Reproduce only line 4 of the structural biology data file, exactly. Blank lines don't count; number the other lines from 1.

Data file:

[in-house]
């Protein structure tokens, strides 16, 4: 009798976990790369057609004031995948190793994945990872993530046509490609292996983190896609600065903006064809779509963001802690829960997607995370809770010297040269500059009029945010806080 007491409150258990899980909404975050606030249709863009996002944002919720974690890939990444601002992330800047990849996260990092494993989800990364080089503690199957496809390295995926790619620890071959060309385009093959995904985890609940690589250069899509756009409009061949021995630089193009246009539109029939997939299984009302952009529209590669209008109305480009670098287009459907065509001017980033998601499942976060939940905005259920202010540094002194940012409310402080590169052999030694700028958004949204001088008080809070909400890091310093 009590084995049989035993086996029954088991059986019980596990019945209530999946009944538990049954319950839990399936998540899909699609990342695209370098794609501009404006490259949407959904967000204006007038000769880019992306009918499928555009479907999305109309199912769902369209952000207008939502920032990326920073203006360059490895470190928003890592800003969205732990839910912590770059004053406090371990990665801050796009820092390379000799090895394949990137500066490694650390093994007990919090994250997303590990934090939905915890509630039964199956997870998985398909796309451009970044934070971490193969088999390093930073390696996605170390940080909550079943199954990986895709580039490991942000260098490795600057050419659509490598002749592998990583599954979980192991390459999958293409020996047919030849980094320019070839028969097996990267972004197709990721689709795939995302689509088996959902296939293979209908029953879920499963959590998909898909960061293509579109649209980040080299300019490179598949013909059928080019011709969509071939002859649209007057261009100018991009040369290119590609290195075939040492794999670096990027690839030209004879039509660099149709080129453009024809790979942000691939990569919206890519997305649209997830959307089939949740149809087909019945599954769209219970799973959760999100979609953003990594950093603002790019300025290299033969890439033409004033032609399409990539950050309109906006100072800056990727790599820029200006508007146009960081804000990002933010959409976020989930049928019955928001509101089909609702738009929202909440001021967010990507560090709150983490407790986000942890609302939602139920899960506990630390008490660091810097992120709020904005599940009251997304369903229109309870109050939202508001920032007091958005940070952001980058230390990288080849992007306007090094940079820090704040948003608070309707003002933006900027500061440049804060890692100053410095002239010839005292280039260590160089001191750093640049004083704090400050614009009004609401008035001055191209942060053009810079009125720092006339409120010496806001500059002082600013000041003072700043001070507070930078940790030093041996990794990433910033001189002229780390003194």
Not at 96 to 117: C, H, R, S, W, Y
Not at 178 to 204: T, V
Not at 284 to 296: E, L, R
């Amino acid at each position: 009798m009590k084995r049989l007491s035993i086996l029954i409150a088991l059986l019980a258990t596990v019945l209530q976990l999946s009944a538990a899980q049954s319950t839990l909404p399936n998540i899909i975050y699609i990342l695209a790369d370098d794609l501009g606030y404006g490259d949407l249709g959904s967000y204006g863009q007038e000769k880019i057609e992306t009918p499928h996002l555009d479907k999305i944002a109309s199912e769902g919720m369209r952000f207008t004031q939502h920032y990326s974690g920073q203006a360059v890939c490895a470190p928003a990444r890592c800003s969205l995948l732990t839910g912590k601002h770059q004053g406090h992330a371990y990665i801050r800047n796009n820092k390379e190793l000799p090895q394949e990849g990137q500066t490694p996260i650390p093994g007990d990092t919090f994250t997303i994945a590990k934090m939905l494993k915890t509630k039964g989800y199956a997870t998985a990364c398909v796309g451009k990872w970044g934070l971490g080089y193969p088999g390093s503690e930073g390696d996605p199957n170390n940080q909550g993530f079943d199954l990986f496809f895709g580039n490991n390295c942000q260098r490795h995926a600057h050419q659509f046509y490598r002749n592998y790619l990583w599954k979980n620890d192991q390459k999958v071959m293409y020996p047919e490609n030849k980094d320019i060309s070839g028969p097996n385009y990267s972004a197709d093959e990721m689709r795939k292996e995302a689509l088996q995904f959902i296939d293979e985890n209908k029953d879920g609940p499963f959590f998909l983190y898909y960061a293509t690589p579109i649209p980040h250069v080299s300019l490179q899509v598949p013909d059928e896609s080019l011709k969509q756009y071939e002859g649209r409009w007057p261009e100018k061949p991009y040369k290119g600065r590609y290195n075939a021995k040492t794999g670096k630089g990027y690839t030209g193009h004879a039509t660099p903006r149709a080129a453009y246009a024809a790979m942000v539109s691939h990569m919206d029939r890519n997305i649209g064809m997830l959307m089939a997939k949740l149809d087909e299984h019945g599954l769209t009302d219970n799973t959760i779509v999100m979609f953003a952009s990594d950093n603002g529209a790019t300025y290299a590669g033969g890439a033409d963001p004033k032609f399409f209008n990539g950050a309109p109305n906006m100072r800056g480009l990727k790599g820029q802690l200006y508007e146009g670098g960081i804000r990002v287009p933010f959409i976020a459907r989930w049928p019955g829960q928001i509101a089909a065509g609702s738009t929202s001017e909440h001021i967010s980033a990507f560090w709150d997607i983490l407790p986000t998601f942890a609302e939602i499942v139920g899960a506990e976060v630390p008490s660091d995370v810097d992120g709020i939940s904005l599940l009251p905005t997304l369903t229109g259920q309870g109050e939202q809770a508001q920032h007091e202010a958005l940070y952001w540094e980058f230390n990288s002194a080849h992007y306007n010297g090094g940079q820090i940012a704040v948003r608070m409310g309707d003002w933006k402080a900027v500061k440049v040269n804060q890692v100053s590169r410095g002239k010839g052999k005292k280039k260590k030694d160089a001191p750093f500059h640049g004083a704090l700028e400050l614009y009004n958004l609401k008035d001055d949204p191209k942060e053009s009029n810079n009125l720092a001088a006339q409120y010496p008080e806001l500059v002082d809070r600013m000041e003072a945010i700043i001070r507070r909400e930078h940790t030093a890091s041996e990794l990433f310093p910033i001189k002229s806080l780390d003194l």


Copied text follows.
Not at 178 to 204: T, V